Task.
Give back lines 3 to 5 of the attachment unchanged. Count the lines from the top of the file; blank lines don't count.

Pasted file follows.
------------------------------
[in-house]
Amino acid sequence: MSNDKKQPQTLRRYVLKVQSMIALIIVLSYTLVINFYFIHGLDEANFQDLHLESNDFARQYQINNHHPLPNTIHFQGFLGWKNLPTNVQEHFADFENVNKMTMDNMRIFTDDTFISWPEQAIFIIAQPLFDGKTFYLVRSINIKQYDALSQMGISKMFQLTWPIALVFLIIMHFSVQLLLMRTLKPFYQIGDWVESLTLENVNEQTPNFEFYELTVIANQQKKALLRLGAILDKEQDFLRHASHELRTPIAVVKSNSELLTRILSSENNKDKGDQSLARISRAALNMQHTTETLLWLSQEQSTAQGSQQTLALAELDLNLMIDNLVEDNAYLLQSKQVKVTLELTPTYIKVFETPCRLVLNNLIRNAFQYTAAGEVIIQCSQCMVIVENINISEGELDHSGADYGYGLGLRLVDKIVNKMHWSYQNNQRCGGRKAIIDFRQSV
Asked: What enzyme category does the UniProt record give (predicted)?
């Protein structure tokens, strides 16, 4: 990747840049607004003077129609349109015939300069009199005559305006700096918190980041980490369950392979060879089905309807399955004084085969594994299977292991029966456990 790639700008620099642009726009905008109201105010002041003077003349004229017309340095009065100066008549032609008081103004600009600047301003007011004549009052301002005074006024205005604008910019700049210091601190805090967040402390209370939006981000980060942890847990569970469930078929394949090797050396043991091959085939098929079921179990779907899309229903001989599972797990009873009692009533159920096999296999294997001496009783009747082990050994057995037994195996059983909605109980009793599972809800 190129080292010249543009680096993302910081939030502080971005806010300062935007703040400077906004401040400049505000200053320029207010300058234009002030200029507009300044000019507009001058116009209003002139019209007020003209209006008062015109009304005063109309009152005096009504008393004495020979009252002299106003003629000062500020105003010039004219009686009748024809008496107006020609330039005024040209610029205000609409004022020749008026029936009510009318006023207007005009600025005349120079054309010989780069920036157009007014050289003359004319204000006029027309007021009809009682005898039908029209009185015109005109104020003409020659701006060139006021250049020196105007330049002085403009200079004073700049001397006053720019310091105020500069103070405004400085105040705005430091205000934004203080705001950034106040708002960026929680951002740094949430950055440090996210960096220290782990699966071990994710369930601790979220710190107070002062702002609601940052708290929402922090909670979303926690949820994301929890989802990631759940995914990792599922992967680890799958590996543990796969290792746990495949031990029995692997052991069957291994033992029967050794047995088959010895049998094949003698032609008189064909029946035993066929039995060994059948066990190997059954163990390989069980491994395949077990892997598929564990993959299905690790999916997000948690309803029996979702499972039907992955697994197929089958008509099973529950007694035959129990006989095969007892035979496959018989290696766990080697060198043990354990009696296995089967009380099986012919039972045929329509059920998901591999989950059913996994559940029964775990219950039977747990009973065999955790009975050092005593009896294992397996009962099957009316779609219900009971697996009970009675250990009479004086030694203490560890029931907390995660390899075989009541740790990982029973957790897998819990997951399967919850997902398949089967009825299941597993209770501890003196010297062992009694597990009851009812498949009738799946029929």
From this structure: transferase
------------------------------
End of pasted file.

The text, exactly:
Asked: What enzyme category does the UniProt record give (predicted)?
């Protein structure tokens, strides 16, 4: 990747840049607004003077129609349109015939300069009199005559305006700096918190980041980490369950392979060879089905309807399955004084085969594994299977292991029966456990 790639700008620099642009726009905008109201105010002041003077003349004229017309340095009065100066008549032609008081103004600009600047301003007011004549009052301002005074006024205005604008910019700049210091601190805090967040402390209370939006981000980060942890847990569970469930078929394949090797050396043991091959085939098929079921179990779907899309229903001989599972797990009873009692009533159920096999296999294997001496009783009747082990050994057995037994195996059983909605109980009793599972809800 190129080292010249543009680096993302910081939030502080971005806010300062935007703040400077906004401040400049505000200053320029207010300058234009002030200029507009300044000019507009001058116009209003002139019209007020003209209006008062015109009304005063109309009152005096009504008393004495020979009252002299106003003629000062500020105003010039004219009686009748024809008496107006020609330039005024040209610029205000609409004022020749008026029936009510009318006023207007005009600025005349120079054309010989780069920036157009007014050289003359004319204000006029027309007021009809009682005898039908029209009185015109005109104020003409020659701006060139006021250049020196105007330049002085403009200079004073700049001397006053720019310091105020500069103070405004400085105040705005430091205000934004203080705001950034106040708002960026929680951002740094949430950055440090996210960096220290782990699966071990994710369930601790979220710190107070002062702002609601940052708290929402922090909670979303926690949820994301929890989802990631759940995914990792599922992967680890799958590996543990796969290792746990495949031990029995692997052991069957291994033992029967050794047995088959010895049998094949003698032609008189064909029946035993066929039995060994059948066990190997059954163990390989069980491994395949077990892997598929564990993959299905690790999916997000948690309803029996979702499972039907992955697994197929089958008509099973529950007694035959129990006989095969007892035979496959018989290696766990080697060198043990354990009696296995089967009380099986012919039972045929329509059920998901591999989950059913996994559940029964775990219950039977747990009973065999955790009975050092005593009896294992397996009962099957009316779609219900009971697996009970009675250990009479004086030694203490560890029931907390995660390899075989009541740790990982029973957790897998819990997951399967919850997902398949089967009825299941597993209770501890003196010297062992009694597990009851009812498949009738799946029929």
From this structure: transferase